Why the Jungle Sweeps are Bound to Fail

The city’s plan for clearing homeless encampments ignores the fundamental reasons people are there to begin with.

On Monday, the Union Gospel Mission began outreach to the Jungle, a stretch of unpermitted homeless encampments along I-5. The religious agency is working with Mayor Ed Murray’s office, which plans to clear out the Jungle within weeks. “We hope to transition those currently living in tents under the freeway into stable shelter, while supporting public safety in the area,” Murray said in a press release.

The Jungle is a decades-old no man’s land of tents and improvised structures hidden beneath the highway and behind the bushes and trees of the East Duwamish Greenbelt. As a recent city assessment noted, the area contains human poop, campfires, used needles, and a great deal of trash. It is also refuge to hundreds of Seattleites, five of whom were shot in January in an apparent dispute over drug money. At the scene of that shooting, Murray told reporters that Seattle must “finally take control” of the Jungle. “We have to go into these encampments…[to] offer people services, clean the place up, and try and get people out,” he said.

This isn’t the first time an executive in shining armor has tried to raze the Jungle. As Casey Jaywork previously reported, Seattle already cleared the Jungle in 1994, 1998, and 2003. As in those previous years, homeless advocates are raising hell: a dozen protesters confronted leaders at city hall on Monday, demanding the Jungle remain available to campers. Other critics point out that while Union Gospel Mission technically has enough space to absorb the Jungle population temporarily, there is no sustainable plan for where or how to house hundreds of high-needs homeless folks in the long term. Seattle’s shelter network is filled to the brink, and there’s a multi-year waitlist for public housing.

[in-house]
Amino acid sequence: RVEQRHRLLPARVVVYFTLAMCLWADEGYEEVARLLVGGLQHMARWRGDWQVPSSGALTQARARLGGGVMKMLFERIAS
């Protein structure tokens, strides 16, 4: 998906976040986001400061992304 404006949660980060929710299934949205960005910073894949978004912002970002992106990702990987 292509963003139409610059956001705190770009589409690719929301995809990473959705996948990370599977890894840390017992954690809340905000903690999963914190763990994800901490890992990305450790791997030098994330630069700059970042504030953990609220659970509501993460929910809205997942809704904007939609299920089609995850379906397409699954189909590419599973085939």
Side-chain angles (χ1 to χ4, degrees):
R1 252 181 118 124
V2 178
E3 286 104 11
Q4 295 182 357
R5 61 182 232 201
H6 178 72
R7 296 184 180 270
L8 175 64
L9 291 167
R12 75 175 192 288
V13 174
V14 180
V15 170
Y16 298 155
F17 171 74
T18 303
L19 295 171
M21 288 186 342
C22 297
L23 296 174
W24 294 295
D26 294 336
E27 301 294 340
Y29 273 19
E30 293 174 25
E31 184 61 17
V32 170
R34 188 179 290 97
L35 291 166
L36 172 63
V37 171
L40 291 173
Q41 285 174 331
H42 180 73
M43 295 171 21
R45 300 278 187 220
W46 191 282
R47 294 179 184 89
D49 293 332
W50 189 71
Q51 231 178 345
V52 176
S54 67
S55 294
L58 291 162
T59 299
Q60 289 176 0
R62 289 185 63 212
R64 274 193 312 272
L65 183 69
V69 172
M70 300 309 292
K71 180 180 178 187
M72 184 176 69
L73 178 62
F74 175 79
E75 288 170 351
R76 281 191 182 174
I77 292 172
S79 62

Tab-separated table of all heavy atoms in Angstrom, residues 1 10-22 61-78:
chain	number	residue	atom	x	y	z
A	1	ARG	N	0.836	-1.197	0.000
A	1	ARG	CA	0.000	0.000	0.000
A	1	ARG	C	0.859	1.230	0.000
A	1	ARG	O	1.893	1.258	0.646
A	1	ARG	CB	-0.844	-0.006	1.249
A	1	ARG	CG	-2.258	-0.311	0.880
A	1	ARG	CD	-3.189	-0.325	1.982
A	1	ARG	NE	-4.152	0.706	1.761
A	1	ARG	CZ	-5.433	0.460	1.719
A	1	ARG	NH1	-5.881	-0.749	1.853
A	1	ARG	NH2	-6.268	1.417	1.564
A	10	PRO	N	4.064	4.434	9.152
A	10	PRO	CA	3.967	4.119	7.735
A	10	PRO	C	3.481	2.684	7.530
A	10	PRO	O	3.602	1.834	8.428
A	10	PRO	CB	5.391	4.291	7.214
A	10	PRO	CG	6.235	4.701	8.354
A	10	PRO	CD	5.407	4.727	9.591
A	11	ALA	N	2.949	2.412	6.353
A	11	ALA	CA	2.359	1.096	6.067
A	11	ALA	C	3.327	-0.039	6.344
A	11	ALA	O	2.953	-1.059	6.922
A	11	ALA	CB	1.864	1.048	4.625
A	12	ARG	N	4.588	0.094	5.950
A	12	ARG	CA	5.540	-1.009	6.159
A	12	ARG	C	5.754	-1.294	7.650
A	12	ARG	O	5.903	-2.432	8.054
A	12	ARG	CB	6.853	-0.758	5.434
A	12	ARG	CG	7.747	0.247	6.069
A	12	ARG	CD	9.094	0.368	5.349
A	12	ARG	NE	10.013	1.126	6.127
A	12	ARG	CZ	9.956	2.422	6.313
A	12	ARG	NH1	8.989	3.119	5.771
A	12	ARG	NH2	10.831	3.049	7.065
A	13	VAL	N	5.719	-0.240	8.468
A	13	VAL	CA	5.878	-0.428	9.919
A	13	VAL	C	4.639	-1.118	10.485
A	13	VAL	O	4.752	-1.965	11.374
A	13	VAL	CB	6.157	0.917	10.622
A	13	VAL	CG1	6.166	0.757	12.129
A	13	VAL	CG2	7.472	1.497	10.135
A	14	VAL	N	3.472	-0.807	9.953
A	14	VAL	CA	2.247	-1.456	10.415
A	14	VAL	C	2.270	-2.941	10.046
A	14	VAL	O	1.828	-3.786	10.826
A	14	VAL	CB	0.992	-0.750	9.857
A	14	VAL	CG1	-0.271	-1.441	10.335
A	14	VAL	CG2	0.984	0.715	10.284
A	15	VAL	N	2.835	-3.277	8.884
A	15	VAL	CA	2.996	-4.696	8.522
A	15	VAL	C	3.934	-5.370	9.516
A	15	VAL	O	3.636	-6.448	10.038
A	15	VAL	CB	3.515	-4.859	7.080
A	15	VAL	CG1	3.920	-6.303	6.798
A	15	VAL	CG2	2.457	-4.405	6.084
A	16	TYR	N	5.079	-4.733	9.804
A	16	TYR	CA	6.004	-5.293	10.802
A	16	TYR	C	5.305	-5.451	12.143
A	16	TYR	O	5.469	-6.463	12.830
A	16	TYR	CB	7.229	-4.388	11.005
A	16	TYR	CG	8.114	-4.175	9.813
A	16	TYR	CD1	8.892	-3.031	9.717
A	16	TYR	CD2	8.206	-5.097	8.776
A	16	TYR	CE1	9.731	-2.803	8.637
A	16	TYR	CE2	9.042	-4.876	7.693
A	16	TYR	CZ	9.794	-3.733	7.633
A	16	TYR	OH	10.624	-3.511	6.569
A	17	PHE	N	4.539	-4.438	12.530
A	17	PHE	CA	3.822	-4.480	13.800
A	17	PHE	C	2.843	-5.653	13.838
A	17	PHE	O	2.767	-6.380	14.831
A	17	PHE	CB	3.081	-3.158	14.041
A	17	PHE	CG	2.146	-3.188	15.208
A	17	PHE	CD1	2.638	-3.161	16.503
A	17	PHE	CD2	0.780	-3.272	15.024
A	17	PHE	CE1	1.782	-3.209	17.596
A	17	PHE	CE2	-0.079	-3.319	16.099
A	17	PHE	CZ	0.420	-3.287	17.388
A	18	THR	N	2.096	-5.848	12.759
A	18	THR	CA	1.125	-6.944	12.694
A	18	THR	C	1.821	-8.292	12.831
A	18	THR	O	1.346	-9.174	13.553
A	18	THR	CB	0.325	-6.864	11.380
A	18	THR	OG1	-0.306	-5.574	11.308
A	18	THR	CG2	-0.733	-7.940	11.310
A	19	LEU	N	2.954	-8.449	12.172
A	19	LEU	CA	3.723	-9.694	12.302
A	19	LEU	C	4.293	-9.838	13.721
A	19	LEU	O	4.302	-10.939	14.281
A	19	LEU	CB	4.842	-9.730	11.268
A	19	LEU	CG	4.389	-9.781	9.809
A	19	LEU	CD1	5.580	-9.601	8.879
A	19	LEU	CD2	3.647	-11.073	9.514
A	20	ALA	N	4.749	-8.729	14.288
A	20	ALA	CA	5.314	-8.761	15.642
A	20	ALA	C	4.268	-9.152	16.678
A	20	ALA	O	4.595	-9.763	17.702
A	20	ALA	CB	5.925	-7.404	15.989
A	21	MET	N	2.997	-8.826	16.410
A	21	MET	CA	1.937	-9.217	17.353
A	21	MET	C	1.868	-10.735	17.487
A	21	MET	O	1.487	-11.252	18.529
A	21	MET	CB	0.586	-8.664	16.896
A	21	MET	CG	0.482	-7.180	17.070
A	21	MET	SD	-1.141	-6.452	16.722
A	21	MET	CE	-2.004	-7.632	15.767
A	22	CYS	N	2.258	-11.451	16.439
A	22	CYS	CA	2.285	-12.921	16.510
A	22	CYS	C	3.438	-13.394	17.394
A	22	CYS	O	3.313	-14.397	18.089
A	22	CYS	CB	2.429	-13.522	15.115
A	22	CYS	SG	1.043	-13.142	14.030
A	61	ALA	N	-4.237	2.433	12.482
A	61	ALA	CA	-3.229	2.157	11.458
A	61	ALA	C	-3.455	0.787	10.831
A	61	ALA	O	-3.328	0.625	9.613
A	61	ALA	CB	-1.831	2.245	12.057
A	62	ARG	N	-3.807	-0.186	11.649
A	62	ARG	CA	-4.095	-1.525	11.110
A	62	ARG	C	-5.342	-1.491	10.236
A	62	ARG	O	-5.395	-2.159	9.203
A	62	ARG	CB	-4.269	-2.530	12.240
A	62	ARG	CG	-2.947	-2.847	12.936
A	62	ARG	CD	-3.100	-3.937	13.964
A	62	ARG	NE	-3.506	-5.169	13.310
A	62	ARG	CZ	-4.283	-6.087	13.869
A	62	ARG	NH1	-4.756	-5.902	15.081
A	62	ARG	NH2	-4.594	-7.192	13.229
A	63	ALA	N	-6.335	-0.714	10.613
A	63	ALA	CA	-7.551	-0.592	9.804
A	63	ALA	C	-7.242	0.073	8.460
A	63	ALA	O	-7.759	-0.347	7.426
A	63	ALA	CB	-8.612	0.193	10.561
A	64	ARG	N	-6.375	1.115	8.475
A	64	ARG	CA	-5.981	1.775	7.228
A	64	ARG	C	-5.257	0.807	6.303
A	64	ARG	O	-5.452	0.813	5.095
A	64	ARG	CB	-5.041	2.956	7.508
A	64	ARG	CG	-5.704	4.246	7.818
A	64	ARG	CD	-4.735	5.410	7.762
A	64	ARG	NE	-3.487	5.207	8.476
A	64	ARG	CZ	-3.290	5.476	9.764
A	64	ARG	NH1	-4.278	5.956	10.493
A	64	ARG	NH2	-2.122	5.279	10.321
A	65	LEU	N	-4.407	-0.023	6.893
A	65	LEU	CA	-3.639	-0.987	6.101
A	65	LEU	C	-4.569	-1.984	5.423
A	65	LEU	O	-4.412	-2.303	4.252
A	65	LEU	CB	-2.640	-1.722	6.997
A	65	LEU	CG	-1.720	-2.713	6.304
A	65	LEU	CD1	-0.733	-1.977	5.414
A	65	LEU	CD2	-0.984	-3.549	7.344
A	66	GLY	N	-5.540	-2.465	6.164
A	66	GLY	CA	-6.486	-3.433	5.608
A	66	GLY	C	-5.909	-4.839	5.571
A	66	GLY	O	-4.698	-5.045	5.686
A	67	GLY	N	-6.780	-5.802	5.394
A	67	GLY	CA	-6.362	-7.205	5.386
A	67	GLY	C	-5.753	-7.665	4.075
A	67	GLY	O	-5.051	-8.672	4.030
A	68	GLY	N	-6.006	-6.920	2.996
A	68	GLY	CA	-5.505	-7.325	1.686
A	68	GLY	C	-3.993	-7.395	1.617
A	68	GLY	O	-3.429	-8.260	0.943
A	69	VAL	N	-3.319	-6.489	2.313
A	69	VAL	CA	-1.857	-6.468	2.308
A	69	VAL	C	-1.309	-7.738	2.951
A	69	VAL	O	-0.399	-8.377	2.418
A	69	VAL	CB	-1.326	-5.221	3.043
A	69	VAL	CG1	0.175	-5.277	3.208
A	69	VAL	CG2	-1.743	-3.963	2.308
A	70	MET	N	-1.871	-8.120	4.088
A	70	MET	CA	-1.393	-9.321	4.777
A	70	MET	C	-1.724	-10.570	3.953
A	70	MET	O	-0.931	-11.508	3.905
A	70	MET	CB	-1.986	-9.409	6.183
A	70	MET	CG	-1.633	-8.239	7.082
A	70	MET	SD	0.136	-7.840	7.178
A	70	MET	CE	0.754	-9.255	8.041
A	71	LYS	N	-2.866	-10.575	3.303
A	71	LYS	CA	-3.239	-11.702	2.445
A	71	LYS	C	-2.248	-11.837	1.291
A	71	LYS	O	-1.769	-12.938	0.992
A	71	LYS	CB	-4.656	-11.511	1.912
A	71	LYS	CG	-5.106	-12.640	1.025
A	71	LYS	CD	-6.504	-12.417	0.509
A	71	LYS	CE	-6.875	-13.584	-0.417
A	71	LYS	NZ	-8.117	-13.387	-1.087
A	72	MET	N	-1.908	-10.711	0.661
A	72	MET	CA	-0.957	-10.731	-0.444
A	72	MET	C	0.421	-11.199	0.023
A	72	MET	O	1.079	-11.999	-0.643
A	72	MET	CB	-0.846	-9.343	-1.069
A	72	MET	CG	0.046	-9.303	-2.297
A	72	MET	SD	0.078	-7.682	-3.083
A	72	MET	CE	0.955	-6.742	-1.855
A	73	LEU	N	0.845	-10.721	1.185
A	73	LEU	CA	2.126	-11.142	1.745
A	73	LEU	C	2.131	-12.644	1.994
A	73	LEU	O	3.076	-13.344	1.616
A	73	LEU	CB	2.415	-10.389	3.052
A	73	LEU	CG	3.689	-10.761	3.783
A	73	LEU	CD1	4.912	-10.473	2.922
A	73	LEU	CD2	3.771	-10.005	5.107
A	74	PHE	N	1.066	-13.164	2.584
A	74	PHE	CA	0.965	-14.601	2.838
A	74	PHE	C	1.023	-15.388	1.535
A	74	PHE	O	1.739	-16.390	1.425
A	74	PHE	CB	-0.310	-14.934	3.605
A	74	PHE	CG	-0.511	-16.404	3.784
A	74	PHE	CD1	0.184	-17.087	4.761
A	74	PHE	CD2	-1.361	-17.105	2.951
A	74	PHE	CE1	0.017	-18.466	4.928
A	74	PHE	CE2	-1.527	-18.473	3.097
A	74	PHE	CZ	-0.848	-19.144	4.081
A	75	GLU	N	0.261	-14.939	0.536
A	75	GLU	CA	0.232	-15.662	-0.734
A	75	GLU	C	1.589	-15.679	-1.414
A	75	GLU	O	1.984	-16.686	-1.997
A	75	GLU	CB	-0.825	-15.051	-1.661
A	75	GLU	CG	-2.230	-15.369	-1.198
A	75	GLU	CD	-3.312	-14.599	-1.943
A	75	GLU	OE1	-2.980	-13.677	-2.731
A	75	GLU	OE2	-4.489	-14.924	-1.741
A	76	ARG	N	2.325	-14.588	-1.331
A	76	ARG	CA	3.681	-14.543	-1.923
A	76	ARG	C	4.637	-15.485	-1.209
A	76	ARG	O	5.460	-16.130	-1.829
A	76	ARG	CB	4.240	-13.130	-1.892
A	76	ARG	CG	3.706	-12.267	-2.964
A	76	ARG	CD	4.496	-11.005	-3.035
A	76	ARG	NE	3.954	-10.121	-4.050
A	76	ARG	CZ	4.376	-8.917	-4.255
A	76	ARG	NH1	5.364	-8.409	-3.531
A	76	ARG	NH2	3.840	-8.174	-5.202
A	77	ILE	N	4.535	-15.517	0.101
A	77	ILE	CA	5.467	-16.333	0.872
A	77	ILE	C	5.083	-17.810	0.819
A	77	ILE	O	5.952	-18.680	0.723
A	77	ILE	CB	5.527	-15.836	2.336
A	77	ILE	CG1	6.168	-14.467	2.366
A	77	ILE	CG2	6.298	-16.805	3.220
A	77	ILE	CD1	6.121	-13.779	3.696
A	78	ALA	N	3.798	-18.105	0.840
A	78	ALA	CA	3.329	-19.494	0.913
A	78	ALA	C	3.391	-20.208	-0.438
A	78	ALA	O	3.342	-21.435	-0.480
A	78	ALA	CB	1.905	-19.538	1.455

But really, the question of shelter capacity is academic. If history is any guide, most Jungle residents will decline offers of shelter and instead migrate into even more reclusive encampments or onto the streets of surrounding neighborhoods. Eventually many will return to the Jungle, as they have in the past. Is their decision to return reckless and “service resistant”? No, councilmember Mike O’Brien told Jaywork earlier this week. “A mat on a gym floor with 50 other people where you have no privacy and there are other people that are suffering from mental health [problems] that are going to be screaming in the middle of the night, and your belongings may be stolen—that is not an upgrade for [campers],” he says. “If they say, ‘No thanks, I’m better off where I am, I’m better off in the woods, and if you don’t let me be in these woods I’ll go find some other woods in town to hide in’—that’s a rational decision that they’re making.”

Sweeps feel good, and make for great TV. They’re a fast, cathartic response to an ugly, urgent problem. But they also, almost by definition, ignore the underlying reasons people have chosen to live in our urban woods. As such, they are bound to fail.

There are other options out there. Real Change founder Tim Harris proposes city leaders use the Jungle as a way to bring services to an already-concentrated homeless population. This is just one example of a Jungle strategy that doesn’t evict hundreds of Seattleites from what meager homes they’ve scraped together and then assume the resulting refugees will evaporate into thin air. This criticism isn’t so much ethical as pragmatic: if we aren’t honest in our conversations about why people are in the Jungle to begin with, then we are doomed to repeat a history of spending lots of money and having little to show for it in a few years.

The mayor is right that Seattle cannot afford to ignore the Jungle’s public health and safety hazards. Yet mass eviction is not a solution. It will merely push campers elsewhere, for a while. Despite the humane gloss of UGM’s outreach provides, the mayor’s proposed sweep is just another round of whack-a-mole with the homeless.

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